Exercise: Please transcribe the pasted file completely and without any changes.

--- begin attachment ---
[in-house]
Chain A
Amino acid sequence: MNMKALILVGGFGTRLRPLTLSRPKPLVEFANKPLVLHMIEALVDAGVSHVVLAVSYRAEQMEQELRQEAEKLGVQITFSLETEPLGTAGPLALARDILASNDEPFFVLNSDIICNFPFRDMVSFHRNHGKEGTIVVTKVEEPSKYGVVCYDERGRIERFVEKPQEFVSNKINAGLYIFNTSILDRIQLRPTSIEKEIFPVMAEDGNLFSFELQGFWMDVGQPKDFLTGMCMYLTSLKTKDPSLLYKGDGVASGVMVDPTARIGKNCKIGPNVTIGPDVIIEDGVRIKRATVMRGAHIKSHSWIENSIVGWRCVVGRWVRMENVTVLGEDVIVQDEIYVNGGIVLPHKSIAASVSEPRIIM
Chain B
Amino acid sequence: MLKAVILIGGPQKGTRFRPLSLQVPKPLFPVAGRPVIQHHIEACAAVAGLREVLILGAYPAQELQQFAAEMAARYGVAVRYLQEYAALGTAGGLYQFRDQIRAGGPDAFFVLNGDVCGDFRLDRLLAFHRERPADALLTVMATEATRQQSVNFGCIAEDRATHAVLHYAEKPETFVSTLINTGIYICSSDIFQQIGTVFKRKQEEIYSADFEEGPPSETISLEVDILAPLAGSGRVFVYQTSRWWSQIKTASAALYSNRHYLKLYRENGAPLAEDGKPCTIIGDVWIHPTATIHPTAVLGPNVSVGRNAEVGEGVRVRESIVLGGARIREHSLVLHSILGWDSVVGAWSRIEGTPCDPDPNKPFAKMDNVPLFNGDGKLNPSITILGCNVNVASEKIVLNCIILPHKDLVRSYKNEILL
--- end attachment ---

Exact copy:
[in-house]
Chain A
Amino acid sequence: MNMKALILVGGFGTRLRPLTLSRPKPLVEFANKPLVLHMIEALVDAGVSHVVLAVSYRAEQMEQELRQEAEKLGVQITFSLETEPLGTAGPLALARDILASNDEPFFVLNSDIICNFPFRDMVSFHRNHGKEGTIVVTKVEEPSKYGVVCYDERGRIERFVEKPQEFVSNKINAGLYIFNTSILDRIQLRPTSIEKEIFPVMAEDGNLFSFELQGFWMDVGQPKDFLTGMCMYLTSLKTKDPSLLYKGDGVASGVMVDPTARIGKNCKIGPNVTIGPDVIIEDGVRIKRATVMRGAHIKSHSWIENSIVGWRCVVGRWVRMENVTVLGEDVIVQDEIYVNGGIVLPHKSIAASVSEPRIIM
Chain B
Amino acid sequence: MLKAVILIGGPQKGTRFRPLSLQVPKPLFPVAGRPVIQHHIEACAAVAGLREVLILGAYPAQELQQFAAEMAARYGVAVRYLQEYAALGTAGGLYQFRDQIRAGGPDAFFVLNGDVCGDFRLDRLLAFHRERPADALLTVMATEATRQQSVNFGCIAEDRATHAVLHYAEKPETFVSTLINTGIYICSSDIFQQIGTVFKRKQEEIYSADFEEGPPSETISLEVDILAPLAGSGRVFVYQTSRWWSQIKTASAALYSNRHYLKLYRENGAPLAEDGKPCTIIGDVWIHPTATIHPTAVLGPNVSVGRNAEVGEGVRVRESIVLGGARIREHSLVLHSILGWDSVVGAWSRIEGTPCDPDPNKPFAKMDNVPLFNGDGKLNPSITILGCNVNVASEKIVLNCIILPHKDLVRSYKNEILL